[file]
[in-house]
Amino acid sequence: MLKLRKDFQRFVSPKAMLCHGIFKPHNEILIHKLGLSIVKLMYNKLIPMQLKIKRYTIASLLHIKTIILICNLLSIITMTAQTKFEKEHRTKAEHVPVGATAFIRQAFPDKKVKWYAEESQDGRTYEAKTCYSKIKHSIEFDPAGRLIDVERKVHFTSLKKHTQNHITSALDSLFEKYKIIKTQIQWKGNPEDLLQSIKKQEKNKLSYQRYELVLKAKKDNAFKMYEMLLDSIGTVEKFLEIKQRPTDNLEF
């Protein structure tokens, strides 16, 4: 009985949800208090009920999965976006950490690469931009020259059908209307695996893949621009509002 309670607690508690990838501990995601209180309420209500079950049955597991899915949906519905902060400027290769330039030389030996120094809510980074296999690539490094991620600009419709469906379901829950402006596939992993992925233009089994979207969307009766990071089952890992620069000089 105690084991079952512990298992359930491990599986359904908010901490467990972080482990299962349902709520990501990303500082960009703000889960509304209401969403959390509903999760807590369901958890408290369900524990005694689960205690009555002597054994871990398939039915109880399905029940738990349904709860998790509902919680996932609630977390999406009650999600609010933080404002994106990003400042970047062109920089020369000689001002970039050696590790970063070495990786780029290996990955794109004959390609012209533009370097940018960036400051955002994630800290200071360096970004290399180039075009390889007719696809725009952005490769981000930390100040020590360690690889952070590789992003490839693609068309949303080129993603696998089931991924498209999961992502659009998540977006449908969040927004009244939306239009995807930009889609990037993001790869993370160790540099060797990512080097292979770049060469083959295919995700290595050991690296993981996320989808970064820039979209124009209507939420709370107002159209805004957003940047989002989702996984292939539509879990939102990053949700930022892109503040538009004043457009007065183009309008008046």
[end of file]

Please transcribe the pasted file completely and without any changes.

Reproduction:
[in-house]
Amino acid sequence: MLKLRKDFQRFVSPKAMLCHGIFKPHNEILIHKLGLSIVKLMYNKLIPMQLKIKRYTIASLLHIKTIILICNLLSIITMTAQTKFEKEHRTKAEHVPVGATAFIRQAFPDKKVKWYAEESQDGRTYEAKTCYSKIKHSIEFDPAGRLIDVERKVHFTSLKKHTQNHITSALDSLFEKYKIIKTQIQWKGNPEDLLQSIKKQEKNKLSYQRYELVLKAKKDNAFKMYEMLLDSIGTVEKFLEIKQRPTDNLEF
């Protein structure tokens, strides 16, 4: 009985949800208090009920999965976006950490690469931009020259059908209307695996893949621009509002 309670607690508690990838501990995601209180309420209500079950049955597991899915949906519905902060400027290769330039030389030996120094809510980074296999690539490094991620600009419709469906379901829950402006596939992993992925233009089994979207969307009766990071089952890992620069000089 105690084991079952512990298992359930491990599986359904908010901490467990972080482990299962349902709520990501990303500082960009703000889960509304209401969403959390509903999760807590369901958890408290369900524990005694689960205690009555002597054994871990398939039915109880399905029940738990349904709860998790509902919680996932609630977390999406009650999600609010933080404002994106990003400042970047062109920089020369000689001002970039050696590790970063070495990786780029290996990955794109004959390609012209533009370097940018960036400051955002994630800290200071360096970004290399180039075009390889007719696809725009952005490769981000930390100040020590360690690889952070590789992003490839693609068309949303080129993603696998089931991924498209999961992502659009998540977006449908969040927004009244939306239009995807930009889609990037993001790869993370160790540099060797990512080097292979770049060469083959295919995700290595050991690296993981996320989808970064820039979209124009209507939420709370107002159209805004957003940047989002989702996984292939539509879990939102990053949700930022892109503040538009004043457009007065183009309008008046």